From neurons reaching out towards one another, to complex cellular structures and insect eyes, Northwestern faculty, trainees and students captured striking scientific images that brought to life discoveries published in 2019. These images illustrate the physical reality Northwestern scientists work within, striving to uncover the mysteries of biology, chemistry and medicine.
Below is a selection of some of those images.
Northwestern Medicine scientists have discovered that the protein FMRP — the loss of which leads to Fragile X syndrome — is a novel reader of RNA methylation in regulating neural stem cell differentiation, according to findings published in Cell Reports.
According to Yongchao Ma, PhD, associate professor of Pediatrics and a member of the Stanley Manne Children’s Research Institute at Ann & Robert H. Lurie Children’s Hospital of Chicago, the study suggests that defects in this RNA modification process may contribute to Fragile X syndrome, the most common genetic cause of intellectual disability.
A cancer drug that failed to show benefit in clinical trials for cancer more than 15 years ago may have the potential to slow the progression of Parkinson’s disease, according to a Northwestern Medicine study published in Neuron.
The small molecule drug appears to help jump-start lysosomal function, which in turn clears out harmful proteins that build up and lead to Parkinson’s symptoms, according to Joseph Mazzulli, PhD, assistant professor in the Ken and Ruth Davee Department of Neurology in the Division of Movement Disorders and senior author of the study.
In a new Northwestern University study published in Cell, investigators slowed mutant fruit flies’ metabolic rates by 50 percent, and the expected detrimental effects of many mutations never manifested. After experimentally testing fruit flies’ many different genetic mutations, the scientists found the same result each time.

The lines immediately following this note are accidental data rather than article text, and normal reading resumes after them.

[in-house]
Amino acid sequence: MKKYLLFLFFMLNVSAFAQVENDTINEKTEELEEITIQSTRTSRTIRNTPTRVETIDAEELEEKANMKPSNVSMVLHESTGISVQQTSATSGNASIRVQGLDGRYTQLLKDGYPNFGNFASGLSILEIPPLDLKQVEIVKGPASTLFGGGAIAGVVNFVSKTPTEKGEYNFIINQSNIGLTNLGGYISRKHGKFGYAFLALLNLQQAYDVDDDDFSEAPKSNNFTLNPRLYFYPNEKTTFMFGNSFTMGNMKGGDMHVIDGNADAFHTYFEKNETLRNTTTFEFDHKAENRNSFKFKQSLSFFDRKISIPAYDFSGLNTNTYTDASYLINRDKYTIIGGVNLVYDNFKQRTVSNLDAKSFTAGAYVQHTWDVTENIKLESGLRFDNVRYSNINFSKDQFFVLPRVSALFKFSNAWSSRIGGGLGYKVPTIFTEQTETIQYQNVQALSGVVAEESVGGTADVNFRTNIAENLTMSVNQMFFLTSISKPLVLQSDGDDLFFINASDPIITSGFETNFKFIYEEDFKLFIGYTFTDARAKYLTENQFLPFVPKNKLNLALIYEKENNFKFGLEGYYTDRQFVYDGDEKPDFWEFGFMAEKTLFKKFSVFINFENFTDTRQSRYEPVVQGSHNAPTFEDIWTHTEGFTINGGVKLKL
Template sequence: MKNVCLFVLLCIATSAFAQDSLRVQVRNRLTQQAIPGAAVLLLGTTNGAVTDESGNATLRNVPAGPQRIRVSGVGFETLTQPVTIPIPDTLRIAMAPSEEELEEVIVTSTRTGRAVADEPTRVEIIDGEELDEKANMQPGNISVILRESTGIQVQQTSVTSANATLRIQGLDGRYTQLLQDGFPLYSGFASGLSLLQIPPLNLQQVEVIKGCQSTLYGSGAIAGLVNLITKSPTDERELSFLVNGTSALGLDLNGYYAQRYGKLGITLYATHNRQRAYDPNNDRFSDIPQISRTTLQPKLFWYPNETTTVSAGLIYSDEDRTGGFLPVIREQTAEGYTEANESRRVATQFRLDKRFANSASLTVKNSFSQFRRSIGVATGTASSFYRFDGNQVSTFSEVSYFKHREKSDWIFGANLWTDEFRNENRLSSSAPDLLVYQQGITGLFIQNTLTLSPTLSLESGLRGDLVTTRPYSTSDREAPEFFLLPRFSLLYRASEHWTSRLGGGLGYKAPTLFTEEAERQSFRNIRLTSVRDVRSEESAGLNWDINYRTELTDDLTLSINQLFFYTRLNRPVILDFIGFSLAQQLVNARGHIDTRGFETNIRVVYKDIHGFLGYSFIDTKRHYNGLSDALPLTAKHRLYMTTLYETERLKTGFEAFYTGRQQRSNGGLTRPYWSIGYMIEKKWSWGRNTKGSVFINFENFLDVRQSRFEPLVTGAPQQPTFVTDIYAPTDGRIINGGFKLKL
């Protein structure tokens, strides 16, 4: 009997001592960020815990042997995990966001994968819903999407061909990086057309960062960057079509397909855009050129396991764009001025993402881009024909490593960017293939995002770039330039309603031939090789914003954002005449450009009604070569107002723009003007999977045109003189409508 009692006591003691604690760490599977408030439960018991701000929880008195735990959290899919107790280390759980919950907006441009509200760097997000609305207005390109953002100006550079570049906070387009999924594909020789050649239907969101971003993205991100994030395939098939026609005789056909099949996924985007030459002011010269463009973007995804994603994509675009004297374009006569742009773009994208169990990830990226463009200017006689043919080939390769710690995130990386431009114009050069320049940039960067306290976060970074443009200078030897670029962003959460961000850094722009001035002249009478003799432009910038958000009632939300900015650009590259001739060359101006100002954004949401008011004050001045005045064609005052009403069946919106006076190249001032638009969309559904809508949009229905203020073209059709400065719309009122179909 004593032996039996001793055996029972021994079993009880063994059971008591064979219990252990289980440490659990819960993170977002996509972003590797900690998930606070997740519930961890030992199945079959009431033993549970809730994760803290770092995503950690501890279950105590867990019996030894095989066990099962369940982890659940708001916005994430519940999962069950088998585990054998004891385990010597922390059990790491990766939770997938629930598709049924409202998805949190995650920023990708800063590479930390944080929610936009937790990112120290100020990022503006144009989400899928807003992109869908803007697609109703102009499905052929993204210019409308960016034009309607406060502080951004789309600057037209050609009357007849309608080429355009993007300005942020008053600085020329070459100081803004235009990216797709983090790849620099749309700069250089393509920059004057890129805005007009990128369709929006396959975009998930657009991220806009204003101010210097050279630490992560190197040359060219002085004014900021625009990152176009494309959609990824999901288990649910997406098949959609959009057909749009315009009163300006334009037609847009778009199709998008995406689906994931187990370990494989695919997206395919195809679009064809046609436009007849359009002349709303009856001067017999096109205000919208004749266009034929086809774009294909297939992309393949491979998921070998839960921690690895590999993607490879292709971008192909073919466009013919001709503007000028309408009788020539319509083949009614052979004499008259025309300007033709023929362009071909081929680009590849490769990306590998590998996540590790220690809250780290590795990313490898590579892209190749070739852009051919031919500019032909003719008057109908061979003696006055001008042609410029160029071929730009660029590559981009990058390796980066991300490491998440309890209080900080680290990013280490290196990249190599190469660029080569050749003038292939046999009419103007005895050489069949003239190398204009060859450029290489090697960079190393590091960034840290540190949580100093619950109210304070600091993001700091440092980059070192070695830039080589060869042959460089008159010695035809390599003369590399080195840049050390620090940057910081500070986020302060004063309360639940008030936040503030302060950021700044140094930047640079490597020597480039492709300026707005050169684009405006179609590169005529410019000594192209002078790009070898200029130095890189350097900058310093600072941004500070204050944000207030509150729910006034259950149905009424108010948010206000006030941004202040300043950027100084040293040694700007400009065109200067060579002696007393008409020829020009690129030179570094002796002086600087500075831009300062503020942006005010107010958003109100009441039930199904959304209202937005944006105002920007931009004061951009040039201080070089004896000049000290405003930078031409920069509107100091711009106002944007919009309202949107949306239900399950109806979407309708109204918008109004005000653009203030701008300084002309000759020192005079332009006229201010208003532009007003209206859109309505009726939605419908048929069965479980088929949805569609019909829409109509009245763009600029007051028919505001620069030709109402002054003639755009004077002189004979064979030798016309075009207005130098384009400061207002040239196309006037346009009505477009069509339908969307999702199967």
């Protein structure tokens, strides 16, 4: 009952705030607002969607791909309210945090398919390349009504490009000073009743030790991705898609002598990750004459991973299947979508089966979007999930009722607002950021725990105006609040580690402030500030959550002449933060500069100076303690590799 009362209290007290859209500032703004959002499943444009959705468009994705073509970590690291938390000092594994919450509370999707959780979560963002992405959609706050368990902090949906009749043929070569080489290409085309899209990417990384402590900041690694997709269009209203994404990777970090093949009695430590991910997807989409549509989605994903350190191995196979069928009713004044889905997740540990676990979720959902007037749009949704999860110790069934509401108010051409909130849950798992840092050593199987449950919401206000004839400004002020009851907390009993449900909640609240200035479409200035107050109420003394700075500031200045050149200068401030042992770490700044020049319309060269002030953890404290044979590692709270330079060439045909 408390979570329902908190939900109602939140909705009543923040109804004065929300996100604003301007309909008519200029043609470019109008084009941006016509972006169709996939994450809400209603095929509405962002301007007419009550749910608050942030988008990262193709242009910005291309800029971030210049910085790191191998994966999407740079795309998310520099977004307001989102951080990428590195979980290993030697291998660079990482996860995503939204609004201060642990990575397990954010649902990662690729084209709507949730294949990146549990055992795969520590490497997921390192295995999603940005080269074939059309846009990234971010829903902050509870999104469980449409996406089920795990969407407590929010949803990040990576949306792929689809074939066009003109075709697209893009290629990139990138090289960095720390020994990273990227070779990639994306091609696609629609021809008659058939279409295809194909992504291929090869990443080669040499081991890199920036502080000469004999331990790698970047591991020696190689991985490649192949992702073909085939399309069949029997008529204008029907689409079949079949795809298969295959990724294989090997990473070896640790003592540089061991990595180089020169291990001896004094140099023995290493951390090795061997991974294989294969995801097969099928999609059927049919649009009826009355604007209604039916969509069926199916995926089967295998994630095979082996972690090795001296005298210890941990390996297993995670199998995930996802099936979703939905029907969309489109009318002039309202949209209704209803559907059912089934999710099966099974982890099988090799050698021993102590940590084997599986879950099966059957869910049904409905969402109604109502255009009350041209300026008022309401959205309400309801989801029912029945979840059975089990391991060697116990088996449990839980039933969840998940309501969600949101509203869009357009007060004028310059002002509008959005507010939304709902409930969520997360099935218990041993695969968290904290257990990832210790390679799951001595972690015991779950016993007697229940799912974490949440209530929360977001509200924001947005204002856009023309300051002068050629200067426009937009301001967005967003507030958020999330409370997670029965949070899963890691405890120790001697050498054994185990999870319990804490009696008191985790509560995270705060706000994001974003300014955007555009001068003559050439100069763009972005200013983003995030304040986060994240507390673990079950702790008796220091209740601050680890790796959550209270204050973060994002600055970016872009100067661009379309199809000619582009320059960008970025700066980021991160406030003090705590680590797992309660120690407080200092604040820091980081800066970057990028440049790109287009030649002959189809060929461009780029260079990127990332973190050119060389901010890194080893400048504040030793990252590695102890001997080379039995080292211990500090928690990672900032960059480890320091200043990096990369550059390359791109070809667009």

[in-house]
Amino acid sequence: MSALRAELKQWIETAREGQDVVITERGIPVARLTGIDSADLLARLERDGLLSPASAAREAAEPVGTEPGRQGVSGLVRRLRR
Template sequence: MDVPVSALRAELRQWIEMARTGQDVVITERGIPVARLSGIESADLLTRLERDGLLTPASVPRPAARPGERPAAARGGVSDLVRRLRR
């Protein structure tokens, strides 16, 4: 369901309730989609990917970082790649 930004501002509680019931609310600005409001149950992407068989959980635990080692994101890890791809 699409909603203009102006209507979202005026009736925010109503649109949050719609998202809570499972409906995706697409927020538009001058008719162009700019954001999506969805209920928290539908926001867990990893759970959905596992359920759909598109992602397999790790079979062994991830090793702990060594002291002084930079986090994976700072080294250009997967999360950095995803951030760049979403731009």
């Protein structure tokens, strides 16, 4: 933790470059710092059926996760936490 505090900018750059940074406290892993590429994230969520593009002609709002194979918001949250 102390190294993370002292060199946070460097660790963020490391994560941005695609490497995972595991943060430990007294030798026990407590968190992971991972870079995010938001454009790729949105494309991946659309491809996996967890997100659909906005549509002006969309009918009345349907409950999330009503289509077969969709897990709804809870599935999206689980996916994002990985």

“When the flies developed at a normal rate, developmental problems occurred,” said Richard Carthew, PhD, a professor of molecular biosciences in the Weinberg College of Arts and Sciences and of Biochemistry and Molecular Genetics at Feinberg, who led the experimental research. “When we slowed the rate, developmental problems disappeared. They develop slower and grow slower, but, otherwise, they are normal animals.”
A protein called vimentin helps prevent the nuclei of cells that must navigate through tight spaces in the body from rupturing, according to a recent Northwestern Medicine study published in the Journal of Cell Biology.
Forming a cage around the nucleus, vimentin helps absorb stresses and dampen impacts, ensuring the nucleus — with its valuable genetic information — remains unharmed. This is important both for normal function and in disease, so regulating vimentin has therapeutic potential, according to Robert Goldman, PhD, professor of Cell and Developmental Biology and senior author of the study.
Northwestern Medicine scientists identified how genetic variants in the gene BIN1 can contribute to late-onset Alzheimer’s disease, according to a recent study published in Molecular Psychiatry.
A group of scientists led by Peter Penzes, PhD, the Ruth and Evelyn Dunbar Professor of Psychiatry and Behavioral Sciences, discovered that mutations in BIN1 can weaken synapses, the bridges between nerve cells. While dysfunctional synapses may not be enough to cause Alzheimer’s disease on their own, Penzes notes these findings point towards a multifaceted model of disease.
Northwestern Medicine investigators have identified a protein that can enhance the repair of acute injuries by more than 50 percent, according to a study recently published in the Journal of Clinical Investigation.
By using microscopy, scientists including lead author Alexis Demonbreun, PhD, research assistant professor of Pharmacology, and senior author Elizabeth McNally, MD, PhD, the Elizabeth J. Ward Professor of Genetic Medicine and a professor of Medicine in the Division of Cardiology, observed that annexin A6 — a protein previously identified as a genetic modifier for muscle injury and disease — facilitated muscle repair in mouse models with acute muscle injuries.
A new Northwestern Medicine study finds that a combination of two mutations cause a form of pediatric brain tumors to become more deadly, according to findings published in Nature Communications.
An experimental drug targeting one mutation prolonged survival in models of diffuse intrinsic pontine glioma (DIPG), but questions remain about the drug’s efficacy, according to Oren Becher, MD, associate professor of Pediatrics in the Division of Hematology, Oncology and Stem Cell Transplantation, and senior author of the study. Nevertheless, both mutations are promising targets for future therapies, Becher said.
A Northwestern Medicine study has discovered new details of a mechanism that facilitates white blood cells traveling from blood vessels into tissue, according to findings published in the Journal of Experimental Medicine.
This process is crucial for the body’s inflammatory response, and the ability to modify that response could help treat a variety of conditions, according to William Muller, MD, PhD, professor of Pathology and senior author of the study.